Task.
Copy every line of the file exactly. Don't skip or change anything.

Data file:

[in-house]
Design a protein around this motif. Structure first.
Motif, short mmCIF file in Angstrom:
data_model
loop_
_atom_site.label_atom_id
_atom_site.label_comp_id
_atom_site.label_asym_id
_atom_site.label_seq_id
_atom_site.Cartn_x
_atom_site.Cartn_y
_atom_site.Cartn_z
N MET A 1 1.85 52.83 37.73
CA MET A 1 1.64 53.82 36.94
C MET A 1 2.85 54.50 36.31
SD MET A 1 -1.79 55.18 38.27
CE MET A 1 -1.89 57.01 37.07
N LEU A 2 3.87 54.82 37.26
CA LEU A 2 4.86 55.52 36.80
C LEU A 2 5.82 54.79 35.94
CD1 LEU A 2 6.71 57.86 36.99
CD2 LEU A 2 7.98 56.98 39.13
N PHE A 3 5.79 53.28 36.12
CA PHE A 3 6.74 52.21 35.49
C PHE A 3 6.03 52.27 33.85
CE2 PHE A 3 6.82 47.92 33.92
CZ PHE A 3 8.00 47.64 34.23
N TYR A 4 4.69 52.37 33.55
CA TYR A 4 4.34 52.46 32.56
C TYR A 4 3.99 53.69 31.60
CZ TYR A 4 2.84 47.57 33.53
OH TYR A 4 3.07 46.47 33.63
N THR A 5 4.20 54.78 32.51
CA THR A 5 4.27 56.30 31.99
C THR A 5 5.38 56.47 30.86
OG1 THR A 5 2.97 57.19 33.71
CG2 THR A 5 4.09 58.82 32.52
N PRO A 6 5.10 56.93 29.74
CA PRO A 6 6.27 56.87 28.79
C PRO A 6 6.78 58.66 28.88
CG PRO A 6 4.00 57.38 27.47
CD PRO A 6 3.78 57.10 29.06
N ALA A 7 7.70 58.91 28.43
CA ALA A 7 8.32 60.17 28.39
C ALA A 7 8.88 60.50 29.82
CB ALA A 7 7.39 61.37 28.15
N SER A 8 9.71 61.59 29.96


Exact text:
[in-house]
Design a protein around this motif. Structure first.
Motif, short mmCIF file in Angstrom:
data_model
loop_
_atom_site.label_atom_id
_atom_site.label_comp_id
_atom_site.label_asym_id
_atom_site.label_seq_id
_atom_site.Cartn_x
_atom_site.Cartn_y
_atom_site.Cartn_z
N MET A 1 1.85 52.83 37.73
CA MET A 1 1.64 53.82 36.94
C MET A 1 2.85 54.50 36.31
SD MET A 1 -1.79 55.18 38.27
CE MET A 1 -1.89 57.01 37.07
N LEU A 2 3.87 54.82 37.26
CA LEU A 2 4.86 55.52 36.80
C LEU A 2 5.82 54.79 35.94
CD1 LEU A 2 6.71 57.86 36.99
CD2 LEU A 2 7.98 56.98 39.13
N PHE A 3 5.79 53.28 36.12
CA PHE A 3 6.74 52.21 35.49
C PHE A 3 6.03 52.27 33.85
CE2 PHE A 3 6.82 47.92 33.92
CZ PHE A 3 8.00 47.64 34.23
N TYR A 4 4.69 52.37 33.55
CA TYR A 4 4.34 52.46 32.56
C TYR A 4 3.99 53.69 31.60
CZ TYR A 4 2.84 47.57 33.53
OH TYR A 4 3.07 46.47 33.63
N THR A 5 4.20 54.78 32.51
CA THR A 5 4.27 56.30 31.99
C THR A 5 5.38 56.47 30.86
OG1 THR A 5 2.97 57.19 33.71
CG2 THR A 5 4.09 58.82 32.52
N PRO A 6 5.10 56.93 29.74
CA PRO A 6 6.27 56.87 28.79
C PRO A 6 6.78 58.66 28.88
CG PRO A 6 4.00 57.38 27.47
CD PRO A 6 3.78 57.10 29.06
N ALA A 7 7.70 58.91 28.43
CA ALA A 7 8.32 60.17 28.39
C ALA A 7 8.88 60.50 29.82
CB ALA A 7 7.39 61.37 28.15
N SER A 8 9.71 61.59 29.96